His ensemble playing alone—often alongside just one alto saxophonist—reveals a surprising number of textures and rhythmic tattoos. Bigard took pride in the “whole load of tight breaks” that he and Albert Nicholas worked out as youngsters playing at Tom Anderson’s New Orleans club. He goes as far as to say that they were “the only group in town with the instrumentation of two saxes” around 1923/24. This may be a stretch, but it’s reasonable to assume some of these routines appeared on records with the Nicholas/Bigard sax duo. It’s even safer to say that live listeners must have been impressed if the routines resembled their work on recordings.
The two saxophones respond like a Greek chorus to Thelma La Vizzo’s lyrics of lovers’ rejections and other amorous dead-ends on “New Orleans Gofer Dust Blues”: stomping away from her in lockstep double-time, “going cold” in humorous full-stop cadences, and crying like a half-sympathetic, half-mocking friend who’s heard this lament before.
With Luis Russell’s Hot Six backing Ada Brown, the saxes imitate the train in burnished metallic pops and Bigard’s firm voice bottoming things out.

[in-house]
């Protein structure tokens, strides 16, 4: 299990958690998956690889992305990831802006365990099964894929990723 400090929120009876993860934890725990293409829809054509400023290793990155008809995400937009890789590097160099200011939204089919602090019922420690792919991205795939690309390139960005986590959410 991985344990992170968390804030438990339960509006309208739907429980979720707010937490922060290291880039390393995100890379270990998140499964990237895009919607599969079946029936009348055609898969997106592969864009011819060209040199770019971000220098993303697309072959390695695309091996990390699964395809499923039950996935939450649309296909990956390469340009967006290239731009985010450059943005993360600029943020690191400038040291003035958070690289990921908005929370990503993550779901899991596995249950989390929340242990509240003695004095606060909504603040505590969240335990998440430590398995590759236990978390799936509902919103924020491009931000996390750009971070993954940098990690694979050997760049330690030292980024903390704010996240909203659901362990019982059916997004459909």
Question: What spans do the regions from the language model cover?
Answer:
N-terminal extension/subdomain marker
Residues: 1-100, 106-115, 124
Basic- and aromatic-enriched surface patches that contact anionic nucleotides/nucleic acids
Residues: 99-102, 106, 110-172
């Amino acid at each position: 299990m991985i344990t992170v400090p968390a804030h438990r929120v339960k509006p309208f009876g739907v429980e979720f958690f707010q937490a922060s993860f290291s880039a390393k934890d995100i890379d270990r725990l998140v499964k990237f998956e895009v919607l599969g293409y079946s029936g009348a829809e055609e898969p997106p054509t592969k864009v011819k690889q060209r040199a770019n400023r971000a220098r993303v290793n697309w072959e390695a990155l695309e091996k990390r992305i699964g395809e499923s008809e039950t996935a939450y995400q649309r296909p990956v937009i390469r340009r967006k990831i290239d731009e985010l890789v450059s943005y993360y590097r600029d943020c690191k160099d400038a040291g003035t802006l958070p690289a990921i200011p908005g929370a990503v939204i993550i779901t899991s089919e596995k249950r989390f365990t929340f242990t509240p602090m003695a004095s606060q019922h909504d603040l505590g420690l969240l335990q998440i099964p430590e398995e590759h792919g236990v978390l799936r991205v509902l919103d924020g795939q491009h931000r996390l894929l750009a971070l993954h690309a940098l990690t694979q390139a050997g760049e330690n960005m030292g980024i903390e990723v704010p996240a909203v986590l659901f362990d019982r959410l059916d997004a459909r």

His dark sound opens the first chorus of Oliver’s “Deep Henderson” and crafts an instantly memorable texture.
Playing the loping country bass line at the beginning of Oliver’s Brunswick-issued “Snag It,” Bigard’s rich tone offers a good explanation as to why Oliver didn’t seem to need a baritone sax in his reed section.
Bigard displays several different approaches on tenor as a soloist and even as an ensemble player. On “Plantation Joys” with Luis Russell’s Heebie Jeebie Stompers, he plays the saxophone like it’s a big metal bass clarinet. Bigard mentioned that he got ideas from playing saxophone when he started playing clarinet in King Oliver’s band. On this record, the reverse seems to be the case: the clarinet’s dense scampering phrases are now transplanted to the bigger horn’s coppery tone and booming volume with no loss of agility.